A Good Day For Birds, Part 2

When I left the house this morning, I had no idea that it was going to turn into bird day. The first bird I shot was this cormorant at the very north end of Anna Maria Island. Cool eye, don't ya think? I didn't have to crop this picture, by the way. I was able to use a long lens, and I got really close before this fellow flew away.

A Good Day For Birds, Part 1

I visited the Amazon basin today. No, wait, it was Anna Maria Island. But you couldn't tell it from all the parrots I spotted in the top of this tree. These guys aren't native to the area, but they have established colonies in the warmer areas of Florida. I'm normally not a fan of exotic species on the loose, but these guys might be a good exception. I believe these are called quaker parakeets. I was going to tell you they were Norwegian blues, but I don't think you would fall for that. Anyhow, look closely near the center of the green birds above, and you'll see a grey cockatiel. I don't know what he was doing in there. A few years ago, I got a bird feeder from my parents for Christmas. I always hoped it would look like the one below, but I couldn't be that lucky. I spotted a racoon on it once, but that was about it.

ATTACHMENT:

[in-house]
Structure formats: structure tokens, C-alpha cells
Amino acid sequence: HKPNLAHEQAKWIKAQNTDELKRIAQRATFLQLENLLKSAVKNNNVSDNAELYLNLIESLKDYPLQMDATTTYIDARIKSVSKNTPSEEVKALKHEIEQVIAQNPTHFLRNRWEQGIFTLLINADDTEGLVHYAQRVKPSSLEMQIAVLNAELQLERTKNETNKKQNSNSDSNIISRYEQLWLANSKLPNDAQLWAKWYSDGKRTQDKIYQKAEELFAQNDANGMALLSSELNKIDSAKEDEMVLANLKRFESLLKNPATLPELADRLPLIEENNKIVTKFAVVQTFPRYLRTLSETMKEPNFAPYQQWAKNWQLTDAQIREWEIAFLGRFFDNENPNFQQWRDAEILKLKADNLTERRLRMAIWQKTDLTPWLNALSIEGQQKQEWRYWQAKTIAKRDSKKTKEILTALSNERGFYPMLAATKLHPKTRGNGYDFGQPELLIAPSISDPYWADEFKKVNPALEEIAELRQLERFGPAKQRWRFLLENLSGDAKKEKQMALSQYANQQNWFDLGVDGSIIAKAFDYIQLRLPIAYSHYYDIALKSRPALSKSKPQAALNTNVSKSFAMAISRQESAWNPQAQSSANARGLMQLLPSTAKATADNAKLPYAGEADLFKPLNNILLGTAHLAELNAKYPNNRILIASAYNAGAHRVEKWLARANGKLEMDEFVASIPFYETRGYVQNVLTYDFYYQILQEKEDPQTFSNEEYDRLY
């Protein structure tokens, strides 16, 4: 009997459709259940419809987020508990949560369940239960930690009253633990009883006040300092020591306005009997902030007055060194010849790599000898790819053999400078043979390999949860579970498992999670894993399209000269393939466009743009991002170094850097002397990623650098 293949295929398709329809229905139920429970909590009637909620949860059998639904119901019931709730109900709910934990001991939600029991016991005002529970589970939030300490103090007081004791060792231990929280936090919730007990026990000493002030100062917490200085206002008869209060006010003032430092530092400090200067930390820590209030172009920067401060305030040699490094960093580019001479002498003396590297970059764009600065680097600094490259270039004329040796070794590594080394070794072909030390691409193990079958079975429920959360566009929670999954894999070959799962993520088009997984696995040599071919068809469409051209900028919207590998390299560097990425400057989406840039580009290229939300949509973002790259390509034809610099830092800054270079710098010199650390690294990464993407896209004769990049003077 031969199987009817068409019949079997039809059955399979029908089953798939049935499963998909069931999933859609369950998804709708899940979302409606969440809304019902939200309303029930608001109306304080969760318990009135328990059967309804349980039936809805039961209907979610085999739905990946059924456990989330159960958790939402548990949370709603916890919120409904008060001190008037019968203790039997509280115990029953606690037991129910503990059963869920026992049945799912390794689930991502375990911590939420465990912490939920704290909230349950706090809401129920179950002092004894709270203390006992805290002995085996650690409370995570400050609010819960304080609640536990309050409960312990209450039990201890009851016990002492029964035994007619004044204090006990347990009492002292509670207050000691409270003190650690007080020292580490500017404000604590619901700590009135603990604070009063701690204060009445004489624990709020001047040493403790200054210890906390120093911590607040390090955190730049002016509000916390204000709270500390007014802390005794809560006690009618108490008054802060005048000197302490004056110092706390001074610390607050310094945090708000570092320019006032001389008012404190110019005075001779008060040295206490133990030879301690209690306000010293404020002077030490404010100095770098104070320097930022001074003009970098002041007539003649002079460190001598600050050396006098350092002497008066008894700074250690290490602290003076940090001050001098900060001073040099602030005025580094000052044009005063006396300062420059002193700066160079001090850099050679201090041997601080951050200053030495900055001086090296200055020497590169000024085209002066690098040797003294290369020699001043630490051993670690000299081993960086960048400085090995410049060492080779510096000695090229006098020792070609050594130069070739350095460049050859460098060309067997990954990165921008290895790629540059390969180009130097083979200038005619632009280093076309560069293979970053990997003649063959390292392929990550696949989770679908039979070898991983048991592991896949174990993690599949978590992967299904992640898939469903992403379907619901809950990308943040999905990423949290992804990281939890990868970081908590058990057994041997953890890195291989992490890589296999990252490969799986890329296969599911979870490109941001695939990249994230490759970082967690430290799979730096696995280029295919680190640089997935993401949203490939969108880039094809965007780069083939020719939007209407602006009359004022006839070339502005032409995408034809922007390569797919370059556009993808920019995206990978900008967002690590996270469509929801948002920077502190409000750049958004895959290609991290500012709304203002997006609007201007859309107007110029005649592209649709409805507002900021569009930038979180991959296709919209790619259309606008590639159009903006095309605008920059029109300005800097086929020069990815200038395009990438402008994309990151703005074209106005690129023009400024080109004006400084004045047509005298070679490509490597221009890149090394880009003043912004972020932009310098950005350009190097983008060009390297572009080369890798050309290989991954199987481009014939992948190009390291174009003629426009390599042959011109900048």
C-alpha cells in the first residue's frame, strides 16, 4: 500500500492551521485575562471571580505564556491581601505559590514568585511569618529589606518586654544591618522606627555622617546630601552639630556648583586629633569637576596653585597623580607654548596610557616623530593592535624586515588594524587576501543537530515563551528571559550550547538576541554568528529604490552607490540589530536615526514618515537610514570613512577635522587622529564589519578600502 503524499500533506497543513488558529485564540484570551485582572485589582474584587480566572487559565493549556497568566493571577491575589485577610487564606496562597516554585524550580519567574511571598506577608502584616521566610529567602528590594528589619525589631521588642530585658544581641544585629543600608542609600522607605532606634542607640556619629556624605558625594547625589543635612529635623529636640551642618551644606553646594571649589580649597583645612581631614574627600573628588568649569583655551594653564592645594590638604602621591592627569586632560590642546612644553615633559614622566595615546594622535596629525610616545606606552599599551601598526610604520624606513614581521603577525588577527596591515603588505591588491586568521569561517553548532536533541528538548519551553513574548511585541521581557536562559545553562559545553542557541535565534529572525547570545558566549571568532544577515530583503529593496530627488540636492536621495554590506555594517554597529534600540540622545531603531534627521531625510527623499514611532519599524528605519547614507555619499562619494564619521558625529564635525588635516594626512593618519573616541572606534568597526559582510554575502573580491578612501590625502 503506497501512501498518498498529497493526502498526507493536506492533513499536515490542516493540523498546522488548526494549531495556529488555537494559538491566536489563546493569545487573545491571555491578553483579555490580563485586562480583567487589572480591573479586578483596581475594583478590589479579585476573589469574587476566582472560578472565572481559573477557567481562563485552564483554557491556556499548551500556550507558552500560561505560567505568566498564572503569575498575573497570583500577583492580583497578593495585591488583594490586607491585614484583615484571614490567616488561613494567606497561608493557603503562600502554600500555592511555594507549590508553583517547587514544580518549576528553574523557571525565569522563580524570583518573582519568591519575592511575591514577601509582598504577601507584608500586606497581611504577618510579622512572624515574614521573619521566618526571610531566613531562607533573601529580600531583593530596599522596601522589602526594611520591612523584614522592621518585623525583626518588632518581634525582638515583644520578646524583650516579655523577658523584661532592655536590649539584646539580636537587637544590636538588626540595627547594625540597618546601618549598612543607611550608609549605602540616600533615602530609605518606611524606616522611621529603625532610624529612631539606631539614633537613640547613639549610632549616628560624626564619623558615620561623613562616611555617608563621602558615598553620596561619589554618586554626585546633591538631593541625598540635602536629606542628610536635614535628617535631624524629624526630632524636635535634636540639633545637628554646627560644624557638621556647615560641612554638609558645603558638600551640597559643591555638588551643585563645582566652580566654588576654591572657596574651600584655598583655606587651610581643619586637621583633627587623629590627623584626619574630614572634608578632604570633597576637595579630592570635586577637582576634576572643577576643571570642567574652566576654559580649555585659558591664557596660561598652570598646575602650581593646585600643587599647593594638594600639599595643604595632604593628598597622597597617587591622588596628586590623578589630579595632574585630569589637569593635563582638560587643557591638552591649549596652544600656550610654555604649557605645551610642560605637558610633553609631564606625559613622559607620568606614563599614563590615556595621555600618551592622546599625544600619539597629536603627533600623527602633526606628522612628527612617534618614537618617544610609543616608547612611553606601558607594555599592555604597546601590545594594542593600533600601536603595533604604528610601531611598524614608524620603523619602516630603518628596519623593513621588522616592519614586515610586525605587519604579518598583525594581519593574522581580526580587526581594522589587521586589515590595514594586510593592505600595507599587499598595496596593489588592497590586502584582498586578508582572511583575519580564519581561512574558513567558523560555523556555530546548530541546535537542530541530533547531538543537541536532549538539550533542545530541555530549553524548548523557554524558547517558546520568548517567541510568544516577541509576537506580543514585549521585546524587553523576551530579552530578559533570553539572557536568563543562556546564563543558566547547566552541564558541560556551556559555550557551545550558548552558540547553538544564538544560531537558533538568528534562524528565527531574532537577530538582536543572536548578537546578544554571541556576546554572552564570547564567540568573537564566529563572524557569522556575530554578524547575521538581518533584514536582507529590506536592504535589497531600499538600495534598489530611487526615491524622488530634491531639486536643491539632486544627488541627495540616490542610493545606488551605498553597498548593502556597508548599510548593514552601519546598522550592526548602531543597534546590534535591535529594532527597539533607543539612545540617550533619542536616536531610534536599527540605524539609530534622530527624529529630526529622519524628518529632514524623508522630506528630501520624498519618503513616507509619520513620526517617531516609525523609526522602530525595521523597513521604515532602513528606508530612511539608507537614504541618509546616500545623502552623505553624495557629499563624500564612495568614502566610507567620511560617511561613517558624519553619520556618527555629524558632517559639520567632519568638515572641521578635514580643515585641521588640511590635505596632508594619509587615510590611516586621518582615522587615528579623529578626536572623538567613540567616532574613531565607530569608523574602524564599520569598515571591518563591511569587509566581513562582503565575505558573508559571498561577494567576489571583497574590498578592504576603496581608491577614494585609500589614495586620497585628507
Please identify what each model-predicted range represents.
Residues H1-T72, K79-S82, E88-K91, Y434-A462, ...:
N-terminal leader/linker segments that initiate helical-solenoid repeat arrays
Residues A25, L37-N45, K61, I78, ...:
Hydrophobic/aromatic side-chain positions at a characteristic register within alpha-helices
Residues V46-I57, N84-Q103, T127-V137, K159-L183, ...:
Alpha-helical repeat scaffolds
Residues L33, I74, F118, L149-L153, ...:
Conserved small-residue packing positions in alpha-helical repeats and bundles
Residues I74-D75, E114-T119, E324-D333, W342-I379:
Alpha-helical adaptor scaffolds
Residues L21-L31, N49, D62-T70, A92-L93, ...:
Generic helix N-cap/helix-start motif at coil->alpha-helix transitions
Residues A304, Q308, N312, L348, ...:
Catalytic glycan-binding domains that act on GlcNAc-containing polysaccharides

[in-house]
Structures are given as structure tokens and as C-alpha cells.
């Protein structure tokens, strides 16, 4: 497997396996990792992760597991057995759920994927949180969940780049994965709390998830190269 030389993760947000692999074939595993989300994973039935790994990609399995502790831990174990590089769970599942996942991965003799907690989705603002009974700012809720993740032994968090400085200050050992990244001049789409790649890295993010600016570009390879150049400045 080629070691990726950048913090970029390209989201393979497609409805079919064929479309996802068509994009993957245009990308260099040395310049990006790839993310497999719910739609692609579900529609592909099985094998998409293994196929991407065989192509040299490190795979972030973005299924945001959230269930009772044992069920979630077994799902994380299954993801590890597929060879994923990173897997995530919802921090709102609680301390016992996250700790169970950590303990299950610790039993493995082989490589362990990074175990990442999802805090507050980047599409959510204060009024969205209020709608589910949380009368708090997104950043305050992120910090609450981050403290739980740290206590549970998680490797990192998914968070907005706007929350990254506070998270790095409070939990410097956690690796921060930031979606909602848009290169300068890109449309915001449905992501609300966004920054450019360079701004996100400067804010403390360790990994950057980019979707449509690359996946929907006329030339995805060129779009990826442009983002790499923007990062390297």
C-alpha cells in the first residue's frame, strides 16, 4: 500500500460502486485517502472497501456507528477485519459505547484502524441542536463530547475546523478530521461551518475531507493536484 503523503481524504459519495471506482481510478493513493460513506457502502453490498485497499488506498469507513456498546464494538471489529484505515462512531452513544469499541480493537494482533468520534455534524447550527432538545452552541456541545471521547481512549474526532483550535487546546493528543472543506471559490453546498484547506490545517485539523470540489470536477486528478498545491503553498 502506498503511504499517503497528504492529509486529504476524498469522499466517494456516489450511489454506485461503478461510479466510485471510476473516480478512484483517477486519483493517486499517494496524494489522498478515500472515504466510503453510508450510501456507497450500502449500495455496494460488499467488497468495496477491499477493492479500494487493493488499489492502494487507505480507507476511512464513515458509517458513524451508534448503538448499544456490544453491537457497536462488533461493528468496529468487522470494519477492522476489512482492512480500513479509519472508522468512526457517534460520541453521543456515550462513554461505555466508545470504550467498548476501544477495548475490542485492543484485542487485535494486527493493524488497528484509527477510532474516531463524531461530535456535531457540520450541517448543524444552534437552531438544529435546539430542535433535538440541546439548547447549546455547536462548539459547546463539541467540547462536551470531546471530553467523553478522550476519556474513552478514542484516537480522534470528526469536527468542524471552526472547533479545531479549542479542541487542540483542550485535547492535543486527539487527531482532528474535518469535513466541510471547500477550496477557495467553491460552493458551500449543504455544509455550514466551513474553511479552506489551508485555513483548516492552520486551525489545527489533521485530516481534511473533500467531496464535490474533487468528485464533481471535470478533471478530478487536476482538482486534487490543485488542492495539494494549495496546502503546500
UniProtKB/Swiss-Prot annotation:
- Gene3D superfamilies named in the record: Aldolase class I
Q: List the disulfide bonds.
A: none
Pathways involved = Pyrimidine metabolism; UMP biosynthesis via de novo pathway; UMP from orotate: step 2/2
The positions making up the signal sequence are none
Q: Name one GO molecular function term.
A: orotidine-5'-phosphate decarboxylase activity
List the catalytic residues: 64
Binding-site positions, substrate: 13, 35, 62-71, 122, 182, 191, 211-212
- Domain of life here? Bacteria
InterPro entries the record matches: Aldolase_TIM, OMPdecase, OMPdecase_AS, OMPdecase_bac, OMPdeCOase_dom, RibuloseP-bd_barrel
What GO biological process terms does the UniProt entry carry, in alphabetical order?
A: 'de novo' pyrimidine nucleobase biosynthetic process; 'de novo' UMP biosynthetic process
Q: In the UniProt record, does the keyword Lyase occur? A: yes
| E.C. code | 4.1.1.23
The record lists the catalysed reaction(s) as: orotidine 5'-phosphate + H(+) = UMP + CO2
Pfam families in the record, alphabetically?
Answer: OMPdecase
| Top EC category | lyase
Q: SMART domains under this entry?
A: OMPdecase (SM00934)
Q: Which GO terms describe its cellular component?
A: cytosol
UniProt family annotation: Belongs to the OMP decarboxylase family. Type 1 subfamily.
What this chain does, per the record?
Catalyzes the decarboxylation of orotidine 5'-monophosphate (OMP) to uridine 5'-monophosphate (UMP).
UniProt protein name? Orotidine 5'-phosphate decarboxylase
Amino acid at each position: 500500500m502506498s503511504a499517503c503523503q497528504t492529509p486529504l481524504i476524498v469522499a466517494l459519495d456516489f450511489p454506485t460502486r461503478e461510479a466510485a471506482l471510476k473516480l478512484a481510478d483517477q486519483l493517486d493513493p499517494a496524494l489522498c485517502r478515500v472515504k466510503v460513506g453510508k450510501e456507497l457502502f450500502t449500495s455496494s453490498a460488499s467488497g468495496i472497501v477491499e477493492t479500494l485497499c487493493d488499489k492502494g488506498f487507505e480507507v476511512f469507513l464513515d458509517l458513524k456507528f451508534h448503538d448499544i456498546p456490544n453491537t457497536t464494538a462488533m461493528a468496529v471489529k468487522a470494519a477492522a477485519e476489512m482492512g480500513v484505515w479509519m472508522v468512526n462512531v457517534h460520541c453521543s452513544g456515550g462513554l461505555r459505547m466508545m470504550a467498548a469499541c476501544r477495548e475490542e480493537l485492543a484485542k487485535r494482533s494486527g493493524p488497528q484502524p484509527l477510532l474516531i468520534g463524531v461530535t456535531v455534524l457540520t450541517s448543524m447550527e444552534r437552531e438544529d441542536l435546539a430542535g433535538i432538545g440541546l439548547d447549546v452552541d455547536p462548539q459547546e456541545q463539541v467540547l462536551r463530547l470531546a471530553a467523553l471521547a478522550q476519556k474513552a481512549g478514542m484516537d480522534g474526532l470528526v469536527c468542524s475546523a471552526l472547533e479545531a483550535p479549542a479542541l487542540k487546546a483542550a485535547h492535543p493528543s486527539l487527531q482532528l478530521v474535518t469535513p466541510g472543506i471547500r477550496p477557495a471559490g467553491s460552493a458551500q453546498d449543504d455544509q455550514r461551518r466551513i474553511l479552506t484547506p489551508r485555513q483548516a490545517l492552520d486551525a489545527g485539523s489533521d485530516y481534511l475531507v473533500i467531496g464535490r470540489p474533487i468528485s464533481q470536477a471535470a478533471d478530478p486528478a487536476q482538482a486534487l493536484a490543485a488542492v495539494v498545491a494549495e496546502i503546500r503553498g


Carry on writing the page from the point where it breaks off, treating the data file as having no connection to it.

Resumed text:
Tuesday, January 03, 2006

The First Month Of The Year

In addition to this being the first week of the year, it's also the first month of the year. So you get a monthly calendar page as well. This is from a series I put together of my best shots from my trip to Ohio last year. This particular shot is a detail of The Thinker by Rodin from the Cleveland Museum of Art. I knew the statue was somewhere in Cleveland, but I had forgotten I had wanted to look it up. Imagine my surprise when I walked up on it and saw it perched there on it's pedastal high above me. I was flabbergasted!

The New Weekly Calendar

If you were paying attention last week, you know I was working on a new weekly calendar series, and here is the first of those pictures. (Actually, this is the second picture since I started it with Dec 25th, but I didn't get that shot up here. Besides, I posted it sometime last year in a slightly different format.) This little racoon was hanging out at South Lido Beach on Lido Key here in FL. There are lots and lots of racoons out there, and they are pretty tame. I shot some this past weekend, in fact. But this is a better shot than the ones I got more recently.